Telling Loss

Retiring professor Stephen Dixon's distinctive fiction details milestones and minutiae and grapples with real-life pain

May 27, 2007|By Mary Carole McCauley | Mary Carole McCauley,Sun Reporter

Loss tunnels through Stephen Dixon's fiction, pushing up his words like so many clods of dirt.

Oh, the loss isn't there on the surface, which is flat and smooth and level. The loss isn't present in the spiky, black-footed letters stretching from one end of the page to the next.

Instead, readers soon begin to sense ... something. They press an ear to the ground, listen for a rumble.

"I teach my readers how to read my work while they're reading it," Dixon says.

And, so he does.

Readers immersed in Dixon's fictional world learn to delve beneath the sentences to grasp the whole story. What Dixon doesn't say is as important, or more important, than what he does.

Meaning and substance, flesh, bone and blood, accumulate gradually, word by word, cell by cell.

For instance, Phone Rings is a lightly fictionalized story about Dixon's attempt to grapple with the death of his oldest brother, Don, who is named Dan in the novel. The sentences are purposely uninflected, almost matter-of-fact. But readers begin to sense both the quality of the brothers' bond and the weight of the narrator's grief.

But Dixon's impact can't be measured solely by his 500 published short stories or his 26 novels, two of which were finalists for the National Book Award.

The author has spent the past 26 years teaching creative writing at the Johns Hopkins University, influencing a generation of talented young writers, including Michael Kun, Tristan Davies, Jean McGarry and Ben McGrath.

No more.

Next week, Dixon will celebrate his 71st birthday. His retirement will be official June 30. Soon, he will have even more time to devote to undermining the surface of American fiction.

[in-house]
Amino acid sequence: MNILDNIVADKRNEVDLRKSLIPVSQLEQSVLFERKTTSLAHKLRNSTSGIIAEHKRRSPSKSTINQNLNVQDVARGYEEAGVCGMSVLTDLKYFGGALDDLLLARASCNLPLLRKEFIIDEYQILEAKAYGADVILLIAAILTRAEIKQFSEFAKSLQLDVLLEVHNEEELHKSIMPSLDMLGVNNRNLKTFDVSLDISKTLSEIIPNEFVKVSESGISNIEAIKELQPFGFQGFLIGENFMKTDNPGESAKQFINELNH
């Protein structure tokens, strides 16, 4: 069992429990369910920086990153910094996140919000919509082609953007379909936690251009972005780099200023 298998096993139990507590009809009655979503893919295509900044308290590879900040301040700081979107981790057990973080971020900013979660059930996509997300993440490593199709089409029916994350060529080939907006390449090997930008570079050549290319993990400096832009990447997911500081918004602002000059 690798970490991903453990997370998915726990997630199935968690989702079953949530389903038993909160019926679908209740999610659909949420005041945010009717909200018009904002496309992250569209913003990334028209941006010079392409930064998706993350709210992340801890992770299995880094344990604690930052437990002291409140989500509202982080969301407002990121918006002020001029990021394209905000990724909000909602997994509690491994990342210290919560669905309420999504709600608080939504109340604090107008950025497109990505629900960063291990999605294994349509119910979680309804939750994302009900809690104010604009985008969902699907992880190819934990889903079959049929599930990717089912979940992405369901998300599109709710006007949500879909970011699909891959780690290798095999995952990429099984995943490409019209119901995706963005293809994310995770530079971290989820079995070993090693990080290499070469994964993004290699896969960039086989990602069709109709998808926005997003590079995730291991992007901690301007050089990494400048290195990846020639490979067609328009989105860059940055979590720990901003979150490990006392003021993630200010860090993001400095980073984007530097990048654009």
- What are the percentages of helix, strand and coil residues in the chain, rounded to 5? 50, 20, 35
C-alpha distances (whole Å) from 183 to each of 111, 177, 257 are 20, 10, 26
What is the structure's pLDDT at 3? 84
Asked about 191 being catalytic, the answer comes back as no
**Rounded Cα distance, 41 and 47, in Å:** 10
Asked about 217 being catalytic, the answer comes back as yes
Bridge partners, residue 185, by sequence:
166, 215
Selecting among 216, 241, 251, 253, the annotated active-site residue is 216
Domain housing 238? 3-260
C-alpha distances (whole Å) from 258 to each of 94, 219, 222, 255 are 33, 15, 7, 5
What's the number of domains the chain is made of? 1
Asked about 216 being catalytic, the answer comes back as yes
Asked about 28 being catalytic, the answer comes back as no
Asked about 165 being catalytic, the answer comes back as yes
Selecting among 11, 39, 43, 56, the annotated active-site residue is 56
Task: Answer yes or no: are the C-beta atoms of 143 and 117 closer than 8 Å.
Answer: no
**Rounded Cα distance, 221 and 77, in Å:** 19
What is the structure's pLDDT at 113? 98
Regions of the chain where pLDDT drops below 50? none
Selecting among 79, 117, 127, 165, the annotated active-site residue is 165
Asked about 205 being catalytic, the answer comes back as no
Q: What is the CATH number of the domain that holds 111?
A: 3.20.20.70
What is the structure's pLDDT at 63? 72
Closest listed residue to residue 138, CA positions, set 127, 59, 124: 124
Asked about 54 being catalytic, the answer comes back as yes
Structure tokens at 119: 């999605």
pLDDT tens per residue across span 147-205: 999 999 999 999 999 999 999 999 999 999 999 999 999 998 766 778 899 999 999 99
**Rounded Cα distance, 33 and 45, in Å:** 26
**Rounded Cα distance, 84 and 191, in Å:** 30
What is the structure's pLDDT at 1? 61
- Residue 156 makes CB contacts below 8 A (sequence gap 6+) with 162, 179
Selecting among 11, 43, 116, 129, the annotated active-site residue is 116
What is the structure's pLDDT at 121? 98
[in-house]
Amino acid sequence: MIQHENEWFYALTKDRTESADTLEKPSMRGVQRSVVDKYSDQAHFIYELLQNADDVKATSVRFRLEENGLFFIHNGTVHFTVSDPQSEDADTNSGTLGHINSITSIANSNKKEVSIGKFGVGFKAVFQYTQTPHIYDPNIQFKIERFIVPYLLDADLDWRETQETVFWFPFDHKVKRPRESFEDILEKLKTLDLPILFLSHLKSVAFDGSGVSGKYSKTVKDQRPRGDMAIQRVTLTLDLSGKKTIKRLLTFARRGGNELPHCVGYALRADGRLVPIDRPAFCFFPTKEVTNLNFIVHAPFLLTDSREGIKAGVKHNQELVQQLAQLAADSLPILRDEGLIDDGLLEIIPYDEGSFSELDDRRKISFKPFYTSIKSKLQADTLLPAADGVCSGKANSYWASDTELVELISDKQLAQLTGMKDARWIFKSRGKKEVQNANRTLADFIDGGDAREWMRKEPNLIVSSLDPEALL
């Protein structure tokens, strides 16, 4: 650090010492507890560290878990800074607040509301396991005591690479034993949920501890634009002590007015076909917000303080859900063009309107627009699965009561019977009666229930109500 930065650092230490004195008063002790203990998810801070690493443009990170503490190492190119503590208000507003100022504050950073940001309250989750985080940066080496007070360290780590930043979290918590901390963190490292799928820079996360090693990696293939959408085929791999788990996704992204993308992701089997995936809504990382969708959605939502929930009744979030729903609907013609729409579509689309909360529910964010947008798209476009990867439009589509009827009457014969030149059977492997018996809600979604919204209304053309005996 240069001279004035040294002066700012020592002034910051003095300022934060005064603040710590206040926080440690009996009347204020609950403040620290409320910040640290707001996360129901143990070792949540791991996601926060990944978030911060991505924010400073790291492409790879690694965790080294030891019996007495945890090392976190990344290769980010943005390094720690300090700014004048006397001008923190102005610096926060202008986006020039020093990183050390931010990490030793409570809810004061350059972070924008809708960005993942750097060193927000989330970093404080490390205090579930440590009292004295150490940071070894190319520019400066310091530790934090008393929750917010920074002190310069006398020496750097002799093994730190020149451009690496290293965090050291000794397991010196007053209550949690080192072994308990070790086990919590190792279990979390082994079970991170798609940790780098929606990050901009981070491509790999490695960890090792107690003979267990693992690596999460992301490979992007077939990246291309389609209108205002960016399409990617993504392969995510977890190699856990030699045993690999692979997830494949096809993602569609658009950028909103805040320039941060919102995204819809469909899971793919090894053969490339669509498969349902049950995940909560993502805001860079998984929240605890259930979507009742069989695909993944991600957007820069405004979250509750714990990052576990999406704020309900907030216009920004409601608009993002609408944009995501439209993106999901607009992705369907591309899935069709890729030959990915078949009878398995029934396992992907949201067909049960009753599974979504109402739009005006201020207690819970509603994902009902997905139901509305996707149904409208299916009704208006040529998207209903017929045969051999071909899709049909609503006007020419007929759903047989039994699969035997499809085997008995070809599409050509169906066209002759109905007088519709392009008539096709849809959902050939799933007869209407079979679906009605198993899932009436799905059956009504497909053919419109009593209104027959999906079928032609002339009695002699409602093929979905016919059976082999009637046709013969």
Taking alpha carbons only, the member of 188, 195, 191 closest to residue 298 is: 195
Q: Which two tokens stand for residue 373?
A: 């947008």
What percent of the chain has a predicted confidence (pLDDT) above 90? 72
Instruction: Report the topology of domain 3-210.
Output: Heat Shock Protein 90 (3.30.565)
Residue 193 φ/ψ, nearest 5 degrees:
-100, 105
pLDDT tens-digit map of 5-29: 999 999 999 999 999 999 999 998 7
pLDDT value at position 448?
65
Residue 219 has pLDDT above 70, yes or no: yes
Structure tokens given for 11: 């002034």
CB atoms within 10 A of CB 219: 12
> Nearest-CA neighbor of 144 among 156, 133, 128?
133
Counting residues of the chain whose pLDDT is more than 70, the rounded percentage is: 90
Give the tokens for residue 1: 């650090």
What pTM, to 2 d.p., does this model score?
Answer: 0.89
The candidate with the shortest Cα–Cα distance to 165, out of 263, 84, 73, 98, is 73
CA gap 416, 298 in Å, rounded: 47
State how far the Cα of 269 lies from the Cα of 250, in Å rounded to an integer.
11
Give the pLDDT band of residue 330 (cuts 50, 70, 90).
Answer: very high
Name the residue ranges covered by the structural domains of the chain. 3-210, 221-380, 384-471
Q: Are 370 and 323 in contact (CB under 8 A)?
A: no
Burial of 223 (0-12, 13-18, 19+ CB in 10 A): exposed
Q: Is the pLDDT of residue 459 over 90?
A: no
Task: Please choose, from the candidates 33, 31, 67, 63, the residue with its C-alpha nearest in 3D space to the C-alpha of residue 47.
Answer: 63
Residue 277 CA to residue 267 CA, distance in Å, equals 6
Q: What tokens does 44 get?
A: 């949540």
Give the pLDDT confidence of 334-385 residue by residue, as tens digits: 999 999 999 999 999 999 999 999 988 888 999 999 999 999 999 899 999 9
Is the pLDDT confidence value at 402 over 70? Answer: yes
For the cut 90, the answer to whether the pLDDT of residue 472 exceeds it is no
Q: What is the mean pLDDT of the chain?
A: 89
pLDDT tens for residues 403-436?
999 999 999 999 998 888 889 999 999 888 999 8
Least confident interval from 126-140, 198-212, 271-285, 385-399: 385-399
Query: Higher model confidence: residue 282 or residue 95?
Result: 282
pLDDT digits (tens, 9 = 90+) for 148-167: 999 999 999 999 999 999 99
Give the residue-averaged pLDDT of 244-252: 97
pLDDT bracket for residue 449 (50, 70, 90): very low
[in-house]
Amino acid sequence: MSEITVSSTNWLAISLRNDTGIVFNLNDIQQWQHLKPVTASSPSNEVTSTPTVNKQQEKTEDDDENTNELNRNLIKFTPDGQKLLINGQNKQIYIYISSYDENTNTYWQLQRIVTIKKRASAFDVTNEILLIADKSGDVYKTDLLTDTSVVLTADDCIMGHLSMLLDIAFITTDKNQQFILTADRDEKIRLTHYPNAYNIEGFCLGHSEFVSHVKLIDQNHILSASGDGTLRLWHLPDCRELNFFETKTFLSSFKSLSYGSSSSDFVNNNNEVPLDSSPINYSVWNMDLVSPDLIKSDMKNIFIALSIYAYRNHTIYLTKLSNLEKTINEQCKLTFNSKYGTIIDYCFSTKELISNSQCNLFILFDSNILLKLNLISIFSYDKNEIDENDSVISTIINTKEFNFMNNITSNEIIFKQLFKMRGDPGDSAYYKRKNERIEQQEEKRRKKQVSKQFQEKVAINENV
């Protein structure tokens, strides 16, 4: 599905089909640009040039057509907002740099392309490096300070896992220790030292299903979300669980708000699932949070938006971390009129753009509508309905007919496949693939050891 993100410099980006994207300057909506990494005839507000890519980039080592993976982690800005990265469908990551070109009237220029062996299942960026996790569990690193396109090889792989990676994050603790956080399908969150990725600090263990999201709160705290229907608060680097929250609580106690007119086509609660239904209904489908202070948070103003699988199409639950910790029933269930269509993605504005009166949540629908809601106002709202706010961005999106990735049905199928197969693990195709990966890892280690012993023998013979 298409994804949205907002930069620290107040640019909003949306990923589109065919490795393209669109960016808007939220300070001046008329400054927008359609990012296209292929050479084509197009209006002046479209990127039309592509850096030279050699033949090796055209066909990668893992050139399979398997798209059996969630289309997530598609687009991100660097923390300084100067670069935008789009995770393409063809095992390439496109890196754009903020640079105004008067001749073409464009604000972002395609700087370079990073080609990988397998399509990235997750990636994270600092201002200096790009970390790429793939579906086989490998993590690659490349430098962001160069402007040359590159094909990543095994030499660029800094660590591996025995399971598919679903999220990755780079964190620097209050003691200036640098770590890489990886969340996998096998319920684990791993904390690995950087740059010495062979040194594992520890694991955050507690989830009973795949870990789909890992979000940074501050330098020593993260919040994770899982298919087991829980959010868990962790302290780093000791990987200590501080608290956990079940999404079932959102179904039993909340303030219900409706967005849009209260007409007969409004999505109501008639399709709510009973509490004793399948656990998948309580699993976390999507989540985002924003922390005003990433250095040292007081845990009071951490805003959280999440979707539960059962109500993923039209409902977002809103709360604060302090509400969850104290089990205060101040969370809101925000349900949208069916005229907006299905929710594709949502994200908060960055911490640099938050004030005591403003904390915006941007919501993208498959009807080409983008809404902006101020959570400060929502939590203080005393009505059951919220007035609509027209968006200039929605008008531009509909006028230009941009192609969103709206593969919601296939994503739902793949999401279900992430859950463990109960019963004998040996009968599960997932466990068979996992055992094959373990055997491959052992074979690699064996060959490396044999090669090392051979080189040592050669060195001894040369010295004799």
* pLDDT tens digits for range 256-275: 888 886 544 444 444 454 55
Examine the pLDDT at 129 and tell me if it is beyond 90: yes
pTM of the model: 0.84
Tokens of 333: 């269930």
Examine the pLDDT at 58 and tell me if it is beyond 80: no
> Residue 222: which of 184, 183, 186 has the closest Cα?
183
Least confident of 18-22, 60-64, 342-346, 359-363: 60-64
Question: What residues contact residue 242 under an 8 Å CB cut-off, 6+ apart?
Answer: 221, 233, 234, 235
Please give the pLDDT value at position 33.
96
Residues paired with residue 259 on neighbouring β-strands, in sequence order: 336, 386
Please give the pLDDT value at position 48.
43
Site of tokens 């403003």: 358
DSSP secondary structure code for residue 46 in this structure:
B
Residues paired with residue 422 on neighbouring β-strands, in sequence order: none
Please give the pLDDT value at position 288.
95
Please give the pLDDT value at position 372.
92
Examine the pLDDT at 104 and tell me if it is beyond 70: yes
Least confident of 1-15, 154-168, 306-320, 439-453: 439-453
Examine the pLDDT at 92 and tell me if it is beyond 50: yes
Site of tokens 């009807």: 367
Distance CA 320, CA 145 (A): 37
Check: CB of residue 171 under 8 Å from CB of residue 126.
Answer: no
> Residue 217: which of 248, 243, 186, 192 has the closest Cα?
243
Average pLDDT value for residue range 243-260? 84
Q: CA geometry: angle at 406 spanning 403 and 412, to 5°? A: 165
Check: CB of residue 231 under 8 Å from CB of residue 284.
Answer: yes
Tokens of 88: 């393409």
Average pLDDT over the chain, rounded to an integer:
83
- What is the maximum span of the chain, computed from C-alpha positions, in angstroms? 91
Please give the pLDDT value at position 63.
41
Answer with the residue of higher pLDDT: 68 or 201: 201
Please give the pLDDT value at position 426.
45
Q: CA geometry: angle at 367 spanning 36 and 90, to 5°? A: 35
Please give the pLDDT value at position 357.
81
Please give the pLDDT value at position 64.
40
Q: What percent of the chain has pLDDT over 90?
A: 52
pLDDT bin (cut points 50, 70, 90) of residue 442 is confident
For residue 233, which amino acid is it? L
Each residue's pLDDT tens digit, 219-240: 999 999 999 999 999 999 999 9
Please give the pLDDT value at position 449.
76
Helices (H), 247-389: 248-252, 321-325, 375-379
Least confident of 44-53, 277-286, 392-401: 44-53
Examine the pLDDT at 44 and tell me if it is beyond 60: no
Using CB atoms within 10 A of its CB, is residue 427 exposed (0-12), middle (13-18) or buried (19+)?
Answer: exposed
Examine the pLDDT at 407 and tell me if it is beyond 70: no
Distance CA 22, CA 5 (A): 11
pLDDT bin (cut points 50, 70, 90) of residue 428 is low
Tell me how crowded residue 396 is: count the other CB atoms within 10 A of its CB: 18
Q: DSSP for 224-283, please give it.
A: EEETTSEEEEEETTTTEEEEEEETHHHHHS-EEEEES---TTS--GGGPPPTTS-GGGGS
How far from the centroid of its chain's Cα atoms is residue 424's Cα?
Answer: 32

"He's a genius," says Davies, a senior lecturer at Hopkins.

"I honestly do believe, and I say it to all my classes, that when we all are dead and gone and forgotten, people will still be talking about Stephen Dixon."

In honor of Dixon's retirement, the university's Eisenhower Library is mounting an exhibit of manuscript drafts and other artifacts from Dixon's 45 years as a writer. The exhibit will be on view through Aug. 31.

Dixon frequently has documented his life in his novels, but then, he has had more life to document than most.

In the 1940s, his dentist father was jailed for arranging illegal abortions. His 18-month imprisonment, and the subsequent loss of his license, pushed the family to the brink of poverty.

Stephen lost two of his six siblings before he turned 30, and a third, Don, more recently.

And Dixon has significant family responsibilities. His wife, Anne Frydman, who teaches Russian literature at Hopkins,

was diagnosed with multiple sclerosis 20 years ago, when the couple's two daughters were ages 5 and 2.

She uses a wheelchair, and as the only mobile adult, Dixon assumed the bulk of the responsibility of caring for his wife and the girls, who now are grown. Sophia is a visual artist who also reads manuscripts part-time for a literary agency, and Antonia attends Brown University.

So it's no surprise that loss, or the threat of loss, never is absent from his writing, though it spends long periods lurking somewhere just out of sight.

"My brother, Jimmy, was a writer, too," Dixon says.

"He drowned in 1960, when the freighter he was traveling on went down in the North Atlantic. Sometimes I feel as though I'm writing for him. There have been times when I've had the feeling that he was leaning over my shoulder, giving me approval and directing my prose. His death is one of the most important experiences of my life. I've never gotten over it."

Pushing past barriers

The author stands, head tilted, in front of a self-portrait, which is part of the exhibit in the Eisenhower Library. The image on the piece of yellowing paper is far more forbidding and dour than the real-life version.

Dixon's sketches record his thinning, gray hair, but not its curl. They miss the distinctive shape of his eyebrows, which, appropriately, resemble question marks.

Mostly, though, the person in the pictures appears to be standing still, which is entirely deceptive. Dixon's foot jiggles; a hand drums the table.

The man seems to be constantly testing the limits of the physical world, as though he could actually rearrange an object's molecular structure with a well-placed poke or slight shove.

Few writers have an exaggerated respect for boundaries; it's practically part of the job description. And Dixon is no exception.

As a young man, he worked briefly as a radio reporter for the now-defunct News Associates and Radio Press and later for CBS.

When Soviet Premier Nikita Khrushchev made his famous visit to Washington in 1959, Dixon was among the pack of reporters cordoned off to one side of the Lincoln Memorial.

"I ducked under the rope and ran up the steps after him," Dixon says. "I could have been shot. I was calling, `Premier Khrushchev! Premier Khrushchev!' He turned and said, through a translator:

"`Such a nice boy; such a nice boy. What do you want to ask me?'

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